Home | Green Guide 3 | Capturing free atmospheric electricity: Feasibility and challenges

Capturing free atmospheric electricity: Feasibility and challenges

lightning bolt poster
Earth’s atmosphere is in itself an infinite storeroom of energy. The regular diurnal variations of the Earth’s electromagnetic network produce strong electric currents on a gigantic scale. The Earth has its own negative electricity while the atmosphere is positively charged. The electric potential increases with the altitude, hence the electric force is proportional to the atmospheric altitude. In the present times, where alternative energy holds the key to the energy crisis, the abundance of this source of energy has attracted the researchers’ attention. Evermore exciting is its free availability in air and clouds. There have been efforts to capture it since long but a considerable success is still hard to come by.

Atmospheric Electricity, nature lends it for nothing:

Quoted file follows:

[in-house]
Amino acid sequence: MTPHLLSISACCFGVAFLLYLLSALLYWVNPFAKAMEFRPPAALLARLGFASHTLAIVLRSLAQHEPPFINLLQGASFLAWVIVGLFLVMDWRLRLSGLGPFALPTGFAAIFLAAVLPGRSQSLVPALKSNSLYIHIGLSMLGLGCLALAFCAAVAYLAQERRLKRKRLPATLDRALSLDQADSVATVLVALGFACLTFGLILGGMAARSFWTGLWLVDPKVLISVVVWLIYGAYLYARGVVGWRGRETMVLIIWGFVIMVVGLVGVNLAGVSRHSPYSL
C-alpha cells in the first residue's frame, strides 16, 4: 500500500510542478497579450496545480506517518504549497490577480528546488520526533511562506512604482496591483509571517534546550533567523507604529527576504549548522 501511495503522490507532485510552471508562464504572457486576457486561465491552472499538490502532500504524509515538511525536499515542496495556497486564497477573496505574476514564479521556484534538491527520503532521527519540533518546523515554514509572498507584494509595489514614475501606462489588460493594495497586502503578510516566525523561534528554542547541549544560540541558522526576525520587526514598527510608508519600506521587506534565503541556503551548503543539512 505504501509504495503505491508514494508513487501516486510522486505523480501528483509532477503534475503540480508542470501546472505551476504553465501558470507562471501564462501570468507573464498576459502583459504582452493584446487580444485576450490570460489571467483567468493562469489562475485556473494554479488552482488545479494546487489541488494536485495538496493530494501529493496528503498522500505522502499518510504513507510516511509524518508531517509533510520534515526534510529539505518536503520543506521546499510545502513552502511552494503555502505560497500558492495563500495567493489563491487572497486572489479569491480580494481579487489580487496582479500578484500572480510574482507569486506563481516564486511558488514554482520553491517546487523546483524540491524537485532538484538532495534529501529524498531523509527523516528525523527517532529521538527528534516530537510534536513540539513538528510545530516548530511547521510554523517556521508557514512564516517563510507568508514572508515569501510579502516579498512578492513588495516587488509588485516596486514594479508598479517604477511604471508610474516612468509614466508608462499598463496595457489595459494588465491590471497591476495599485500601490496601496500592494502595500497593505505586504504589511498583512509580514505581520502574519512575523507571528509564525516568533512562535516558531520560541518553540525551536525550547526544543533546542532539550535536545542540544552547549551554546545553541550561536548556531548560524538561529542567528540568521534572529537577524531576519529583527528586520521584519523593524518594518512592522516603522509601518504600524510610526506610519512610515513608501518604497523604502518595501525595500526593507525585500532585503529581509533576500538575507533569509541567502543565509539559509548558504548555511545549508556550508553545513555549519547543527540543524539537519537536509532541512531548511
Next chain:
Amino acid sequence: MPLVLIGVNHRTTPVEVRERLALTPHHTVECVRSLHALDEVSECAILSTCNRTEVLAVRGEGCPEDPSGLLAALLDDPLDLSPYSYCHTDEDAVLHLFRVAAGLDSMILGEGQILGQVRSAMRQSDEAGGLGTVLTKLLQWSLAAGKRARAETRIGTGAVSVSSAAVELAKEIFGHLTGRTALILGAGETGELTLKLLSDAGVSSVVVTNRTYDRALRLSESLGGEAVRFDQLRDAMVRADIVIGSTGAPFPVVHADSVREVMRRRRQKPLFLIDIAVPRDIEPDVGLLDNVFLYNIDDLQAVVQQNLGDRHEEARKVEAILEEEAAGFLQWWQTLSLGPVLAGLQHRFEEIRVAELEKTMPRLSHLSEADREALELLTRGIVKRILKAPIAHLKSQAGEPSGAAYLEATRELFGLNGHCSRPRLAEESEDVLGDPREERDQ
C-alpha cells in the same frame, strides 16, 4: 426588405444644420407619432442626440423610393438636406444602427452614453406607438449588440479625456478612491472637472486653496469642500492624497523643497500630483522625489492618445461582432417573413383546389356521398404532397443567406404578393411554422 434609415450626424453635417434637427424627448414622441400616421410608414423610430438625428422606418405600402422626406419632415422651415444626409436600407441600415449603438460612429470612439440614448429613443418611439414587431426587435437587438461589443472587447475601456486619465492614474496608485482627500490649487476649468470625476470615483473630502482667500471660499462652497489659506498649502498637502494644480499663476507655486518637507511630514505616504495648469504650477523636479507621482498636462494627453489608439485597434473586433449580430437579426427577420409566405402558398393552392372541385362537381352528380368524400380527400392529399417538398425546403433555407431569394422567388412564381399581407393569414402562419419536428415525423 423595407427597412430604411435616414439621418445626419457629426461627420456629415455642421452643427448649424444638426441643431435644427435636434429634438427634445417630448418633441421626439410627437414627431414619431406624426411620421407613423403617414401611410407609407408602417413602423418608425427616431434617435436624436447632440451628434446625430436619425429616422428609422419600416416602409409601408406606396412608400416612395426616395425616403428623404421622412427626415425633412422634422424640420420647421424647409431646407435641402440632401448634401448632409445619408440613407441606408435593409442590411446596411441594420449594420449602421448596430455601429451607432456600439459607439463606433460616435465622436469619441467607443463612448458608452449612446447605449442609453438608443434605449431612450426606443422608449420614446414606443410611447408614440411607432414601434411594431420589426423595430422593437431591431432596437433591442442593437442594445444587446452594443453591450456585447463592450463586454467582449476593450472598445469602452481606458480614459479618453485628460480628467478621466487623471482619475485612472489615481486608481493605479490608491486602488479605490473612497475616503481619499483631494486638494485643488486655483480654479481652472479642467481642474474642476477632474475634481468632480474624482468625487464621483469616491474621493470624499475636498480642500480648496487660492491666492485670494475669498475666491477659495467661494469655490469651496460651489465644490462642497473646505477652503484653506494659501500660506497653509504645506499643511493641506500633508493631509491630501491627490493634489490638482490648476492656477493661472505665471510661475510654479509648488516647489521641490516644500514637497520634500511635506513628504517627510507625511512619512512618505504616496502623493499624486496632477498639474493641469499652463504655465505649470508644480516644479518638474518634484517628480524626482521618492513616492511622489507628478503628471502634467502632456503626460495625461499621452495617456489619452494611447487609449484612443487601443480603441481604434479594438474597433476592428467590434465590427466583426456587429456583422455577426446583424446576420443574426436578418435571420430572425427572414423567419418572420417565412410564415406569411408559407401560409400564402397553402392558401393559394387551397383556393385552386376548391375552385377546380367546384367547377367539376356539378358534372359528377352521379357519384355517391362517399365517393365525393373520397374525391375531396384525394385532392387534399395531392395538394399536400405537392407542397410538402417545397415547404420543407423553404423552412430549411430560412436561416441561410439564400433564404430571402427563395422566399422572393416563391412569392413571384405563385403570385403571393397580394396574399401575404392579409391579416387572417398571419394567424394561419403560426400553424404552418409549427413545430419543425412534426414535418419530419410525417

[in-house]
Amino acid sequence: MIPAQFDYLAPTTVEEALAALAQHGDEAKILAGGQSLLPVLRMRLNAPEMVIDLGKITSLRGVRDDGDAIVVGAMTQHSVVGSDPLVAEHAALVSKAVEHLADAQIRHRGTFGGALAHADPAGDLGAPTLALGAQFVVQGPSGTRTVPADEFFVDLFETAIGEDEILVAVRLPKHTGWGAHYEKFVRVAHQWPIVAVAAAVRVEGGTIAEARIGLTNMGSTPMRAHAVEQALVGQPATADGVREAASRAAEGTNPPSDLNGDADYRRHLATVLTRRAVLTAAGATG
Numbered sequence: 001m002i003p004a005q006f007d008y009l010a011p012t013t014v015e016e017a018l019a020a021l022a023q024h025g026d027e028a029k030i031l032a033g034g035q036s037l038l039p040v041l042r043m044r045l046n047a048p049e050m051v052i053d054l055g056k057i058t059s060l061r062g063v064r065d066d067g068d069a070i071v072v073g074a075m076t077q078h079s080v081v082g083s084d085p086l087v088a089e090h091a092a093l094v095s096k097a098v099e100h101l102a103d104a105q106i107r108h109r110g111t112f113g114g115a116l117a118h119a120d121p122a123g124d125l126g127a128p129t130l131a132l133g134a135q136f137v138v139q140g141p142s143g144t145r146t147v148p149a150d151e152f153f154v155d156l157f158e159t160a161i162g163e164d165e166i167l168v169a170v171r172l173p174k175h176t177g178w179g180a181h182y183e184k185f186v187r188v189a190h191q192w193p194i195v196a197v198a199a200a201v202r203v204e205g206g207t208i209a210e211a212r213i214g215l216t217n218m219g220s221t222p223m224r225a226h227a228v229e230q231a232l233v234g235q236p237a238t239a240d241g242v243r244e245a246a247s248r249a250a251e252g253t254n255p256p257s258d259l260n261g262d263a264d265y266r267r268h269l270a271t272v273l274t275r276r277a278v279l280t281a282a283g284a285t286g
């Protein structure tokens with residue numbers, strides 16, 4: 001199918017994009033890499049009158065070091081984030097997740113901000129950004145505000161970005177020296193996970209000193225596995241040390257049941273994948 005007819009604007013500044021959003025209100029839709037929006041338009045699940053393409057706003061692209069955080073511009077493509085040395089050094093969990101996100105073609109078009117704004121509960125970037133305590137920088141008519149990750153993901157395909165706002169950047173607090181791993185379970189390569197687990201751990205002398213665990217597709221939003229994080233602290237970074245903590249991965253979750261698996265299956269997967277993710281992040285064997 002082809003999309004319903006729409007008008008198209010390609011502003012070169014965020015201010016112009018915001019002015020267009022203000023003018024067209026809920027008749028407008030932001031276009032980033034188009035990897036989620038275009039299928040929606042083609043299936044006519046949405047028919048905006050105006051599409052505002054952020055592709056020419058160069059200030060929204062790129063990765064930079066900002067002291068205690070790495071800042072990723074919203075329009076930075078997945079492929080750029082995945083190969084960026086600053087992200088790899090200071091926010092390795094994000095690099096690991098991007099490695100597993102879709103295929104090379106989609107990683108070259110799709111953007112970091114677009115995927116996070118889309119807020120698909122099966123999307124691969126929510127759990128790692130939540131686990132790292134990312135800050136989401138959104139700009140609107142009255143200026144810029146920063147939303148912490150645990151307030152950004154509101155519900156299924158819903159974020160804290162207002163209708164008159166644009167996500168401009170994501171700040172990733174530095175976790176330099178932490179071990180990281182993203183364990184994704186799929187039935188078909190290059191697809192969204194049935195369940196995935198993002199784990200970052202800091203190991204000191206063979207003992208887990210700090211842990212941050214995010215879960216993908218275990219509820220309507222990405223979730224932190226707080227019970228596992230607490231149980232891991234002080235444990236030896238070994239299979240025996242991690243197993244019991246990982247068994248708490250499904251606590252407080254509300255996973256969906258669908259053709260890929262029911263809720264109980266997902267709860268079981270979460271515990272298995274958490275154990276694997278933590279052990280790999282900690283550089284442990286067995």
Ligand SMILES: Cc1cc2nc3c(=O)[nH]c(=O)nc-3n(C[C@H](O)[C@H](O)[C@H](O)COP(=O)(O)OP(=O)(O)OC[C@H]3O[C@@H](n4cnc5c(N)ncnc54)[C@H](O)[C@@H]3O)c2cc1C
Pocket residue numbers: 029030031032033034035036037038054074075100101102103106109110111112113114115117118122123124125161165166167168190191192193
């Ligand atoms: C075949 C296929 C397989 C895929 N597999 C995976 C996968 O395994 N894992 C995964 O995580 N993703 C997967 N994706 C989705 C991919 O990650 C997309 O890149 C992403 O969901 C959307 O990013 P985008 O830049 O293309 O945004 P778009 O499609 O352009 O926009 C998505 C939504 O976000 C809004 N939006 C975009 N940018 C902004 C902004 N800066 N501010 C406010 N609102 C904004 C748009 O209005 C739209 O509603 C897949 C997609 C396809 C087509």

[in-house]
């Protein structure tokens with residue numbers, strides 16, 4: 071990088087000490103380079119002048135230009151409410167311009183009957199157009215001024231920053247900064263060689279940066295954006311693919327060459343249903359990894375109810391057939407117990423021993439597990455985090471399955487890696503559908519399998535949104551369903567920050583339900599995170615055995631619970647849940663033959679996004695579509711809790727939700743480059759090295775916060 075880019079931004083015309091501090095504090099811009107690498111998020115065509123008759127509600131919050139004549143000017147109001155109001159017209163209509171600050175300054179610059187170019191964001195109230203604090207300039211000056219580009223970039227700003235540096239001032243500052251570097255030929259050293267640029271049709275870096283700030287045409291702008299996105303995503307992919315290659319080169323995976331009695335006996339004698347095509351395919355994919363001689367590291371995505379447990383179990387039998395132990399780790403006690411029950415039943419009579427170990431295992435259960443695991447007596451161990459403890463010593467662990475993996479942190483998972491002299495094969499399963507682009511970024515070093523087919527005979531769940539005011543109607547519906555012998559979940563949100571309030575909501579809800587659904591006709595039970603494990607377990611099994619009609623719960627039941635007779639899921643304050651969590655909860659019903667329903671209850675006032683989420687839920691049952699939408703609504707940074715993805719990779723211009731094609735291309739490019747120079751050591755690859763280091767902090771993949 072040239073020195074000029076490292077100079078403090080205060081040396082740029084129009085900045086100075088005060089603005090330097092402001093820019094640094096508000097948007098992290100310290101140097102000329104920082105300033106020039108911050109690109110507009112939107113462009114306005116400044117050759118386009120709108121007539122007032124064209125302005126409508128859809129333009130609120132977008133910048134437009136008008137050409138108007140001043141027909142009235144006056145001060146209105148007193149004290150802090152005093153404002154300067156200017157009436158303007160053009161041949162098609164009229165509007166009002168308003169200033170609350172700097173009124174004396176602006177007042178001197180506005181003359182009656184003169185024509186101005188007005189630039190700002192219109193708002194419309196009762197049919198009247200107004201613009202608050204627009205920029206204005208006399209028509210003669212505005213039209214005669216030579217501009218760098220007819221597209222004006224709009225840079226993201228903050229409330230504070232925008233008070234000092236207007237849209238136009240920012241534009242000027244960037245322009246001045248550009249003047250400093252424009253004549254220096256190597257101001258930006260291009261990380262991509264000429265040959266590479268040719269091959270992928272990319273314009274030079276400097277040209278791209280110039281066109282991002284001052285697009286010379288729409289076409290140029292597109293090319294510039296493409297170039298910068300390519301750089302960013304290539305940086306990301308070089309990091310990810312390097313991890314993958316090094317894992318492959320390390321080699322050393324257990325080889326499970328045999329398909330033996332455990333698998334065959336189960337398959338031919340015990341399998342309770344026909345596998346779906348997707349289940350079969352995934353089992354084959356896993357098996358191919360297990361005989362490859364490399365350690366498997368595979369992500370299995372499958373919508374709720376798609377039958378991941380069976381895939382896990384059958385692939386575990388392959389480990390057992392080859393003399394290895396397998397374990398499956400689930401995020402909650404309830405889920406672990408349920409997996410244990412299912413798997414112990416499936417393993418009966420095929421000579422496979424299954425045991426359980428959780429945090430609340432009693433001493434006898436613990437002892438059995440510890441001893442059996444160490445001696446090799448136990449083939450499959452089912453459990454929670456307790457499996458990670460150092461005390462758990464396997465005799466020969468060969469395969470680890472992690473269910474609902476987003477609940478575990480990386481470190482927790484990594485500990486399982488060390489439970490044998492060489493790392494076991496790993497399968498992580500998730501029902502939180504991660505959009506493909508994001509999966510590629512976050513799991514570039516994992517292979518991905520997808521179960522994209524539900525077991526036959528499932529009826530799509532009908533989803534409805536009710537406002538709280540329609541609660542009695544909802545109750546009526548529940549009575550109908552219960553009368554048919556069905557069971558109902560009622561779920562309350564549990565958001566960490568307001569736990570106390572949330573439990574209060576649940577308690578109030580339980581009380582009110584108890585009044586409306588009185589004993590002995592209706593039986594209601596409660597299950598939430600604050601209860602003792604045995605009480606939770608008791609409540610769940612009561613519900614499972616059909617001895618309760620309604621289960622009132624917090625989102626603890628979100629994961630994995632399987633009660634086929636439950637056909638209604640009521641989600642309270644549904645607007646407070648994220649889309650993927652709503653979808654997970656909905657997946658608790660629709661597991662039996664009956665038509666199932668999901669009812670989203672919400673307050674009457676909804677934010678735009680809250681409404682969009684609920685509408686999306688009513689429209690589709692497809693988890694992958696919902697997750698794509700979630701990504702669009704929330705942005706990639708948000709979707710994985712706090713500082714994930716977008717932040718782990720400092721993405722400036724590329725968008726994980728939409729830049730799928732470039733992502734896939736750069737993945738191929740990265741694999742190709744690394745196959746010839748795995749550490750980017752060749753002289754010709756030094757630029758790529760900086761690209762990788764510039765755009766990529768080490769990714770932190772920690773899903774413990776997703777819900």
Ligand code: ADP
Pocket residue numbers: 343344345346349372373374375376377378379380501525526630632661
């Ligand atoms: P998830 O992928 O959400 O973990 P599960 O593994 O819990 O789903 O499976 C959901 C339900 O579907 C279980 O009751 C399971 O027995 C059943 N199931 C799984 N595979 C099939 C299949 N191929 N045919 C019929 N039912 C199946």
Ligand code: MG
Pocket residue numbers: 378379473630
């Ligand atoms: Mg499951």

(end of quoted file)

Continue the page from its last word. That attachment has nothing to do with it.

All atmospheric electricity is a result of the potential difference between any point on the surface of the negatively charged earth and the other in the positively charged air above it. Earth’s electromagnetic network consists of thunderstorms, the electrification of the air in a combined or uncombined state and the polar Aurora effects. Equator experiences more of thunderstorms than anywhere on the entire planet. These thunderstorms express themselves in the form of lightning and atmospheric pressure, wind levels, solar winds and the solar particles. Estimates reflect that lightning strikes somewhere on the surface of the Earth about 100 times every second. polar aurora

Secondly, the Polar Aurora provides a great natural spectacle and is an outcome of the atmospheric electricity. Earth’s magnetosphere abounds in profuse solar-wind-transferred-energy, which is visible from the polar regions of the planet.

Moreover, this simple, robust and low cost electricity is much cheaper than wind turbines. You don’t have to count on the weather conditions, and it’s available day and night. No doubt, it’s in abundance at the poles but that doesn’t deny its presence elsewhere.

Feasible ways to capture it:

Capturing Atmospheric Electricity means to exploit the natural electrostatic potential gradient of the Earth. The electrostatic potential gradient between the Earth and the ionosphere is about 100Vm-1 near the surface in summer and 300Vm-1 in winter. Electrically charging a bank of capacitors or operating an electrostatic motor/parametric conversion machine are some of the possible ways to convert this static atmospheric electricity into conventional Alternating Current.